Tag Archives: Solitude Ripples From The Past


It’s that time of month again, when we at Futurismic unleash another fine piece of fresh short science fiction on an unsuspecting internet.

This time it’s the turn of Futurismic repeat offender David Reagan, who delivers a story about where the ultimate results of China’s one-child policy might lead her people – “Solitude Ripples From the Past”.

Don’t forget to leave David some feedback in the comments, and then go and check out his saucy Futurismic début, Only The Neck Down. But first …

Solitude Ripples From The Past

by David Reagan


Qui Nuoshui finished her breakfast with grim determination, though she suspected her stomach would soon rebel. Her husband read the paper and paid her no heed, so he asked no uncomfortable questions about diminished appetite.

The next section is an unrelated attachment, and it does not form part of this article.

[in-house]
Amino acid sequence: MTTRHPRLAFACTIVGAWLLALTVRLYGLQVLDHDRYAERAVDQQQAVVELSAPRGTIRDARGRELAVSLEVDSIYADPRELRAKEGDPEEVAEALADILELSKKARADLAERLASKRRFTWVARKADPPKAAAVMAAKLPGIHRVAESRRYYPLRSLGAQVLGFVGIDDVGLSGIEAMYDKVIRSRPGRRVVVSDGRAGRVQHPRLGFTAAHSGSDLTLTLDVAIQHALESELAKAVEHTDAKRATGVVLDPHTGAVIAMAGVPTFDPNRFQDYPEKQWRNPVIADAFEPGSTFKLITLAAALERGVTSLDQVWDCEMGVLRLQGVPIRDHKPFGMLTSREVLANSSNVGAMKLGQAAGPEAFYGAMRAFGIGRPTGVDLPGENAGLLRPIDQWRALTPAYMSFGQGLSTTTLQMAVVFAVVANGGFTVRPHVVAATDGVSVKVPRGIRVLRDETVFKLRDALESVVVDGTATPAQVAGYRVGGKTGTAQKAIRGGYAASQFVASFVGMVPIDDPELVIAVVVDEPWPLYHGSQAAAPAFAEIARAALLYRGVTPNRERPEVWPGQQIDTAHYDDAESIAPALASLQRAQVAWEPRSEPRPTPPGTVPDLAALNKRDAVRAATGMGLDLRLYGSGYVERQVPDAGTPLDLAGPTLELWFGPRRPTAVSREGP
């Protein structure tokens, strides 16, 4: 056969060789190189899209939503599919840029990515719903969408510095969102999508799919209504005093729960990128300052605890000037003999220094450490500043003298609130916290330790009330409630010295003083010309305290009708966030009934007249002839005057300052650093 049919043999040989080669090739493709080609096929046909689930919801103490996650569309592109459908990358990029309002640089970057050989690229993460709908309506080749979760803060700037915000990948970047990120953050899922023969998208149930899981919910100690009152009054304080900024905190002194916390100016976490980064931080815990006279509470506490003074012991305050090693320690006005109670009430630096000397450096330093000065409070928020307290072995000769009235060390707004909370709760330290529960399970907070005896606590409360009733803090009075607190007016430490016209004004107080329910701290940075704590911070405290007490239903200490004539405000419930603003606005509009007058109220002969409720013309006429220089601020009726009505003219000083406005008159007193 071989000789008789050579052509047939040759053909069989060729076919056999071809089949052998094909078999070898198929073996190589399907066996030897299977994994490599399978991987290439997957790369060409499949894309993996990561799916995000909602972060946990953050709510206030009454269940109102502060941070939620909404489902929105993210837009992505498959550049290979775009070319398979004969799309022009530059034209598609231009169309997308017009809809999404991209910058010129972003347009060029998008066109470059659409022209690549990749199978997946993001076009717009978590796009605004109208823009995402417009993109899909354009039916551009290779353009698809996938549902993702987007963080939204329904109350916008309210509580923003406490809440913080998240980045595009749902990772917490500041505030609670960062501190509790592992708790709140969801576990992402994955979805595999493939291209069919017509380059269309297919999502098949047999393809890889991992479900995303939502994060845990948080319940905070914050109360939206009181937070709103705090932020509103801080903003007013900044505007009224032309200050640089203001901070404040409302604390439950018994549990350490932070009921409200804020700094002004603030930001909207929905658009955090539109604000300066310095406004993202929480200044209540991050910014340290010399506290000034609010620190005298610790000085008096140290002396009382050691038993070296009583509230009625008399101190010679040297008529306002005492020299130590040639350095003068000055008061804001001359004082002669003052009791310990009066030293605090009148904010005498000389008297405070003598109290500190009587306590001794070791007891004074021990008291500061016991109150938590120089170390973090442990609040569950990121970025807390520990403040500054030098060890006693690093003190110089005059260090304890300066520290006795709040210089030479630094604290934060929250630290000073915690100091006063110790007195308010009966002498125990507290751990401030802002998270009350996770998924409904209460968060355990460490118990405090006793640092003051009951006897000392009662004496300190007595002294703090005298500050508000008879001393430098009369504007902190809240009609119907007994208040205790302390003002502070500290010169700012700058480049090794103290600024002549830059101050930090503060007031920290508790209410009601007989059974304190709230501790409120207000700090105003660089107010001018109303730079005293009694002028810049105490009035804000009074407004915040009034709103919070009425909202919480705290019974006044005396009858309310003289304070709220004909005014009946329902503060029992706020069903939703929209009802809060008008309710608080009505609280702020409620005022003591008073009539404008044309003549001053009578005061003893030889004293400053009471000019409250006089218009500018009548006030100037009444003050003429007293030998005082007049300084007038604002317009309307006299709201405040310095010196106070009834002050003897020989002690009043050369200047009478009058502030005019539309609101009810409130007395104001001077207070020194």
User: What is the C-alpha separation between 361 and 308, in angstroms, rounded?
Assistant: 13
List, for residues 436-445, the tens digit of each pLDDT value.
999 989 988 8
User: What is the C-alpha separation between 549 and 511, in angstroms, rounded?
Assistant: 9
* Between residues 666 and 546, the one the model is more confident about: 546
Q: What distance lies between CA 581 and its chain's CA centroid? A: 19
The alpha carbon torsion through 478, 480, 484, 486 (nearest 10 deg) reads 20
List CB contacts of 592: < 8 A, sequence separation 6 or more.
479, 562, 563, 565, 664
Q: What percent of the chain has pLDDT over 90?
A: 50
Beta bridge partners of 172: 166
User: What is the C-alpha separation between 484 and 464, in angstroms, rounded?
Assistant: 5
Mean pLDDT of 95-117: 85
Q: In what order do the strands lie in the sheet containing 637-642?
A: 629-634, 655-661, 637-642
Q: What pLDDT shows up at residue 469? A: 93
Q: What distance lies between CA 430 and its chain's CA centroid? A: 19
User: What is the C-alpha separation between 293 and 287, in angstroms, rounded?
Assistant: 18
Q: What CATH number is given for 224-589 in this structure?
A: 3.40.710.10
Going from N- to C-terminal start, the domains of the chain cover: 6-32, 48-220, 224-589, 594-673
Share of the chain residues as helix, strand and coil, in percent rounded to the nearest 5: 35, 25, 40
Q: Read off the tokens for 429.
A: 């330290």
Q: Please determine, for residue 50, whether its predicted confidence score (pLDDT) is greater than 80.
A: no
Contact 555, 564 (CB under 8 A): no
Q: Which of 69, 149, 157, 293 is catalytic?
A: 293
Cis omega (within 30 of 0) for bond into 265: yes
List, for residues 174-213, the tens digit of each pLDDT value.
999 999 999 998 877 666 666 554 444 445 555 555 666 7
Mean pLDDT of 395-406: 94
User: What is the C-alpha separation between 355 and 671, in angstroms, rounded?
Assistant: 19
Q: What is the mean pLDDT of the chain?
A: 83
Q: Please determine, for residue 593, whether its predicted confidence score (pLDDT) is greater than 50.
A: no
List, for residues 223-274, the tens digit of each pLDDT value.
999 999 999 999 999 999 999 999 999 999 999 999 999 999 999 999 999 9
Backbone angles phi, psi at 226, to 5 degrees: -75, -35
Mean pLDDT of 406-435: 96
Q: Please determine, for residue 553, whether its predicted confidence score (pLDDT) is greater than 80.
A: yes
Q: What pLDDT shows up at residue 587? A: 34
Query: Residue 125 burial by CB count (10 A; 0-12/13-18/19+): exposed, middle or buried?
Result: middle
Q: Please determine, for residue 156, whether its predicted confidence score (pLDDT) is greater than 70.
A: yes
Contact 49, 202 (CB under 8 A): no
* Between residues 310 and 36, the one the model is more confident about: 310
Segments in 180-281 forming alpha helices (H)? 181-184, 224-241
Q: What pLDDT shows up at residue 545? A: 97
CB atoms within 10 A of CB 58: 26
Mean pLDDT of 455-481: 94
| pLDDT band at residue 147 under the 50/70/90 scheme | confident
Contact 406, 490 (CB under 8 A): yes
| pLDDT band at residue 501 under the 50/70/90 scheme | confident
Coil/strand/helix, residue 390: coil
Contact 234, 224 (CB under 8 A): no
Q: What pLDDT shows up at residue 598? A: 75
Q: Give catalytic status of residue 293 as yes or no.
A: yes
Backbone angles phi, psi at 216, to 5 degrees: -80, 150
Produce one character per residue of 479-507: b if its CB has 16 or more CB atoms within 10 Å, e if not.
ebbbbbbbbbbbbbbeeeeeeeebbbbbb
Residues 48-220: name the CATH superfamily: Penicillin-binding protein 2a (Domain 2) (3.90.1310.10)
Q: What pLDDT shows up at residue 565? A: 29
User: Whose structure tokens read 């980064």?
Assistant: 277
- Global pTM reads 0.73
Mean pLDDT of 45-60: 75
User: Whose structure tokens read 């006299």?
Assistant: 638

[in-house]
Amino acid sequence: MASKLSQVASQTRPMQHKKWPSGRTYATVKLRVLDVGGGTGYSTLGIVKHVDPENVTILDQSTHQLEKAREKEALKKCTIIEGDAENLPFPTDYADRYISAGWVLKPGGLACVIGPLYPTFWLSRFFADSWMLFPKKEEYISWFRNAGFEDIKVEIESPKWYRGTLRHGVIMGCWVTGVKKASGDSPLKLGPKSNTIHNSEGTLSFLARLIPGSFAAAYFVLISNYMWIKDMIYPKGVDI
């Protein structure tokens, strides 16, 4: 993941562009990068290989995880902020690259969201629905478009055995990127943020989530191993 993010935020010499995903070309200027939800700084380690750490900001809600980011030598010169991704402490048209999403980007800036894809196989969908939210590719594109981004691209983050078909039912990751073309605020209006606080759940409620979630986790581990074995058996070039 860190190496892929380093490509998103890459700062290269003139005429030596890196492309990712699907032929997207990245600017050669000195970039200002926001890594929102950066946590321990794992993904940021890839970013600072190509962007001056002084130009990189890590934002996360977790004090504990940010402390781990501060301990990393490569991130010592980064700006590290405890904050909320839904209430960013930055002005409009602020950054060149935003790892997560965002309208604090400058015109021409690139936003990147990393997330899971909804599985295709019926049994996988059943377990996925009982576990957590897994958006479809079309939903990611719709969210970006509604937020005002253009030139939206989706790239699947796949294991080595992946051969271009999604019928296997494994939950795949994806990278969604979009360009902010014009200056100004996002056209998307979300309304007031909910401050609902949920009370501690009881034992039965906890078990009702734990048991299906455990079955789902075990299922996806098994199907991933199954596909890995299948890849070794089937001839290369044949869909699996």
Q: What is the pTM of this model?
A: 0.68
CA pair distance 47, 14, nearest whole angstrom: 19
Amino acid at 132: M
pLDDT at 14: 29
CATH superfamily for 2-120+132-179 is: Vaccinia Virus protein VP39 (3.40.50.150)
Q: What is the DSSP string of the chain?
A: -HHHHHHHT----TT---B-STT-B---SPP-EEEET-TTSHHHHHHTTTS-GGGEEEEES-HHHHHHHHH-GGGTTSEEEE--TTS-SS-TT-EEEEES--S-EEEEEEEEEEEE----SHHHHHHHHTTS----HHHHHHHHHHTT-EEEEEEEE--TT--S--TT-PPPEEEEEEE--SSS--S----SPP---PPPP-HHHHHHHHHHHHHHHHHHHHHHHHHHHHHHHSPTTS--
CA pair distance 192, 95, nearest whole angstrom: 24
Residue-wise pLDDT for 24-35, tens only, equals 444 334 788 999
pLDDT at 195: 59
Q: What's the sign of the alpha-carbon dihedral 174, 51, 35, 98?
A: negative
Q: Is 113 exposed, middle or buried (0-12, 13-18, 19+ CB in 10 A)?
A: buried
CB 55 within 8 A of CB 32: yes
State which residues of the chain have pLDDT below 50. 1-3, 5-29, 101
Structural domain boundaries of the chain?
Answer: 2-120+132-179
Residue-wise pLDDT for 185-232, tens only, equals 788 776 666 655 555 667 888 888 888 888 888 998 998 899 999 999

As he did every morning, Qui Changbo looked from the newspaper to his watch and grunted in mock surprise. “Oh, dear, I must hurry or I will miss my train,” he said. He folded the paper and tucked it under his arm, picked up his briefcase and hustled for the door. He made a slight detour to peck Nuoshui on the forehead and then was gone.

Nuoshui knew his bustling nature was hollow — her husband took a later train than he claimed. Every morning, he walked down a narrow alley, knocked on an anonymous door, and spent an hour playing The Game of the White Dove. She resented his unneeded lie most mornings — his gambling was of no concern as long as he continued to provide — but today she relaxed at seeing him leave.

Already her stomach gurgled, and she knew that even this morning’s small meal would soon reappear.
She hurried to the bathroom and made it just in time.

Even after vomiting, her eyes streaming and stomach muscles strained, Nuoshui smiled. Soon she would be a mother. Continue reading SOLITUDE RIPPLES FROM THE PAST by David Reagan